In an effort to promote my business as a marketing coach I am running a small test campaign LinkedIn Direct Ads geo-targeted to small business owners in my local area.  This pool is very small (about 1000 LinkedIn members). 

Clearly defining your goal before begin any marketing campaign is critical.  I have two:

  • Gain more readers for this blog
  • Find additional clients for my coaching and consulting business

Four ad variations, four headlines and two images are being tested in this campaign.  It has been up for about 24 hours and three of the four ad variations have about 250 impressions each- so far no clicks. I just added the fourth variation based on my results to date.  At some point I will review my campaign and revise where needed.  The method of review and revise for all types of marketing campaigns is a key element for success. 

As I mentioned my CTR (click through rate) is currently zero.  Here are some potential reasons why this is the case. Part of my review and revise methodology is to look at this list and determine what fits given all the factors involved.

Some possible reasons could be:

  • My ads are not compelling enough to illicit the desired response
  • My audience pool is too small
  • LinkedIn is not the right advertising venue for my services
  • The campaign has not had enough time for my audience to feel compelled to click through
  • A combination of any of these reasons
  • A multitude of other reasons

As a PPC veteran I am very aware that there are many reasons why a campaign might succeed or fail.  Sometimes it is about trial and error.  It helps when you have an experienced marketing professional who can coach you along the way.  If you are the coach you had better take your own advice.

I’ll keep you posted…

-KK


Affiliate Marketing Program Basics: Choosing an Affiliate Program Network (Post 4 of 5)

Pick One – the right one!

A key element to a successful affiliate program is selecting the right network. This can be a daunting task.  There are many options to choose from and some are better than others.  There are four top tier players in the affiliate marketing space.  However, the top networks are prohibitive for most small business owners.  Some of the smaller networks may be just the right fit for your small business.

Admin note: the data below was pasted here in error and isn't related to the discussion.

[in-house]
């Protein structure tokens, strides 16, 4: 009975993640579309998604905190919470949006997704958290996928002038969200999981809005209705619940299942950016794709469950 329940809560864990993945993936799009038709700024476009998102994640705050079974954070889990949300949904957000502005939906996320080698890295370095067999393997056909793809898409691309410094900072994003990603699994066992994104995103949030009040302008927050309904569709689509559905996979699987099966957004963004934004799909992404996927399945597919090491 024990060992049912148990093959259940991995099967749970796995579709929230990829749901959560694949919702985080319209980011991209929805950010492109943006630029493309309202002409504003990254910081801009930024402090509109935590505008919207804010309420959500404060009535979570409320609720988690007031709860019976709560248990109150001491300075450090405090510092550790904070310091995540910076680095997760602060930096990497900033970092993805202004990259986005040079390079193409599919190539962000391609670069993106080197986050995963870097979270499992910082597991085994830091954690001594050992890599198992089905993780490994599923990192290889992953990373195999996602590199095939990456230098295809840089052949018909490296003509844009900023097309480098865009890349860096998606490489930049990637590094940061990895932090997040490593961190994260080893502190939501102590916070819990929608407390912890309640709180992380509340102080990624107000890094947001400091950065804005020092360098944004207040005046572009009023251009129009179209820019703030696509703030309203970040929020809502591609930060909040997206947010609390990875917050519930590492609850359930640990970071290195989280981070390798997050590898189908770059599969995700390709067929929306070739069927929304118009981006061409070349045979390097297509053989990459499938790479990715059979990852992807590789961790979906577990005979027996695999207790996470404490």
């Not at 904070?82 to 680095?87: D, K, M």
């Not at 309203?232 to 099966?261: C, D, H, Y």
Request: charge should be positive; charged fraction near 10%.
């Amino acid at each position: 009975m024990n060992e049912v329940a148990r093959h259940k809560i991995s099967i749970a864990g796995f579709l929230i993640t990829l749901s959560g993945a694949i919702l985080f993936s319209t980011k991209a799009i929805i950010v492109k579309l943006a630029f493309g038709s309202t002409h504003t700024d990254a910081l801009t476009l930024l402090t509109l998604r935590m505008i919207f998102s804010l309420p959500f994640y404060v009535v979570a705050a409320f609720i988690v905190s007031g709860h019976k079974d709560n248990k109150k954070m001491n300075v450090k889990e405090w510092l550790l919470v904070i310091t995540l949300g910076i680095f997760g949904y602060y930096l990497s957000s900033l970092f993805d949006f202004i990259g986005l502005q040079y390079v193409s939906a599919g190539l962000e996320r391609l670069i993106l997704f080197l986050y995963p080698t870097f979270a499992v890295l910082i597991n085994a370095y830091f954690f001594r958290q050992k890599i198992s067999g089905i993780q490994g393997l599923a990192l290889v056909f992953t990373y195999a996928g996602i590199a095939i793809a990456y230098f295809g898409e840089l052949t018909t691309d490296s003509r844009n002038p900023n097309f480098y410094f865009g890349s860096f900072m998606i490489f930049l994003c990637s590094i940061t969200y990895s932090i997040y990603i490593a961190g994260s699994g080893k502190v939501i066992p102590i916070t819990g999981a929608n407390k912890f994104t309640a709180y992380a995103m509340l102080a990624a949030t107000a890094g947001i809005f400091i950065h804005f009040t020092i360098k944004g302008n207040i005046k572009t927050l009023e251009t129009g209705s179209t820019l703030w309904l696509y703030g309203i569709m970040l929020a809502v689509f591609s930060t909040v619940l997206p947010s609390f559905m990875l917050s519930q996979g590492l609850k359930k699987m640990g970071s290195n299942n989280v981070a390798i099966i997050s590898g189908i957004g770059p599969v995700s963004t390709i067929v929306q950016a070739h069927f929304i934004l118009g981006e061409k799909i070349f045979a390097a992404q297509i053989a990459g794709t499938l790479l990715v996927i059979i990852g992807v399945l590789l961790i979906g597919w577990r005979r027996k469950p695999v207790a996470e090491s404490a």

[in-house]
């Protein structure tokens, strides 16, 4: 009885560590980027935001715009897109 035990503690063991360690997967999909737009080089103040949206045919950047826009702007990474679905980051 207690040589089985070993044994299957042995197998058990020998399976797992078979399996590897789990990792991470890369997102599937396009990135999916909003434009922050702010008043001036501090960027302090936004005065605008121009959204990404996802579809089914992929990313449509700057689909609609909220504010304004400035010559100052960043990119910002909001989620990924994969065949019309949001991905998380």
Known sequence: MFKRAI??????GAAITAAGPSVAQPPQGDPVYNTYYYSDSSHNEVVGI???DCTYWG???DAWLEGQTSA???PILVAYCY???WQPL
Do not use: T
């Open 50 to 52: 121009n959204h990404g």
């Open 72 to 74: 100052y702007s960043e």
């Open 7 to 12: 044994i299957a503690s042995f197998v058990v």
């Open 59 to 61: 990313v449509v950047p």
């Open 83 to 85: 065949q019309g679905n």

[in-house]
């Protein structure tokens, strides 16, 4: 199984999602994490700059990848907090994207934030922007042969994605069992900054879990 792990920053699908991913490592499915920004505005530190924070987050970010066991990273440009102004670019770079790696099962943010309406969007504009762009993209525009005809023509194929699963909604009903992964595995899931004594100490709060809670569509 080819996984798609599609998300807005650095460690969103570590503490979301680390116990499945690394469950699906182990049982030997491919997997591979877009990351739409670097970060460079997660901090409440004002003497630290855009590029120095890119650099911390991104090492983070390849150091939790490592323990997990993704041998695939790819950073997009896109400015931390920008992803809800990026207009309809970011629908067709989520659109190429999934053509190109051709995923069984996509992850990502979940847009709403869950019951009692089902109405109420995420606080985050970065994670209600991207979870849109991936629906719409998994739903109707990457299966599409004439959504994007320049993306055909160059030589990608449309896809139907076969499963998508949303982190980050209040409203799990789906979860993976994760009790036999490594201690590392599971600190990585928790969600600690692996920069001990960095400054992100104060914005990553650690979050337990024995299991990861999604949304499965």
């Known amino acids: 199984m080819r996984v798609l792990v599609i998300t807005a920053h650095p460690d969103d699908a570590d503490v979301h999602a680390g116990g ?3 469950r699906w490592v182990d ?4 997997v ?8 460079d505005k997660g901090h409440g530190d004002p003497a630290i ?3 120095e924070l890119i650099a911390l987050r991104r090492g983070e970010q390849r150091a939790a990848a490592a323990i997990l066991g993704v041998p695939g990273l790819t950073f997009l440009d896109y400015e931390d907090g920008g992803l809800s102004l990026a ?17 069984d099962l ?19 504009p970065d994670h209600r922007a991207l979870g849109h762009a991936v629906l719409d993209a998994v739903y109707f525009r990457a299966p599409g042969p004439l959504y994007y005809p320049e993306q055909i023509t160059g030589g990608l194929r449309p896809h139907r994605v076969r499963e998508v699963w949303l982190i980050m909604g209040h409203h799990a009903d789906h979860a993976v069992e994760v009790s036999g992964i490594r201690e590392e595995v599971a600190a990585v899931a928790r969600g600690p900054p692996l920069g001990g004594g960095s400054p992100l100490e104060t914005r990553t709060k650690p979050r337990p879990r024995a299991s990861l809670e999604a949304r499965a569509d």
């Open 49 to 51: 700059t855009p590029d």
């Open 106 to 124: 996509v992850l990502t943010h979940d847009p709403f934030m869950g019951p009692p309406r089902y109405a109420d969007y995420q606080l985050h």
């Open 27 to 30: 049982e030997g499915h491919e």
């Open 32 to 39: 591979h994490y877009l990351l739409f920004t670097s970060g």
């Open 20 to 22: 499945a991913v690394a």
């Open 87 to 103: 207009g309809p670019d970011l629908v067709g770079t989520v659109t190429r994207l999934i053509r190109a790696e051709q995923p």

To implement an affiliate program you must already be selling your product or service online. Most programs require merchants/advertisers (that’s you) to meet a minimum monthly payout in commissions or a minimum monthly fee if the commissions threshold is not reached.

As a small business owner keep the following in mind when choosing an Affiliate Program Network:

  1. Initial investment in creative, start up fees, access fees, transactions fees, etc.
  2. Size of the network
    1. Bigger is not always better.  Depends on your goals – are you looking to reach mass market? Are you looking for a niche audience?
  3. Players in the network
    1. Who are other advertisers and publishers on the network?
  4. Support provided by the program provider
    1. Do they have both the option for you to manage the program or for them to manage it for you?
  5. Cost for services of the provider (everything from self-managed programs to complete management services)

Affiliate Networks worth considering

  1. Shareasale
  2. Pepperjam Network
  3. Panthera Network

Want to look beyond these three networks? Instead of recreating the wheel and compiling a list of affiliate networks I have provided links to a few robust lists.

Comprehensive Lists of Affiliate Networks

  1. Associateprogams.com
  2. Affiliateseeking.com
  3. The Top 10 List of the Best Affiliate Networks (selfseo.com)

As always, don’t get in over your head.  Consult with a marketing coach who has experience – even if it is only to ask a few questions. It will be time well spent.

-KK


Affiliate Marketing Program Basics: Affiliate Marketing Terms (Post 3 of 5)

Affiliate Marketing Terms

Part of educating yourself about any marketing medium is understanding the jargon.  It is easy to get caught up in alphabet soup.  It will be difficult to select the proper mediums for your marketing strategy if you do not have some level of understanding about the medium. Education is part of the puzzle. Listed below are several terms related to affiliate marketing.  This is not meant to be an exhaustive list but it will give you the basics. As always consult your marketing coach for more information.

Affiliate Marketing
Affiliate marketing is a marketing practice in which a business rewards one or more affiliates for each visitor or customer brought about by the affiliate’s marketing efforts. Examples include rewards sites, where users are rewarded with cash or gifts, for the completion of an offer, and the referral of others to the site. Source: Wikipedia

Publisher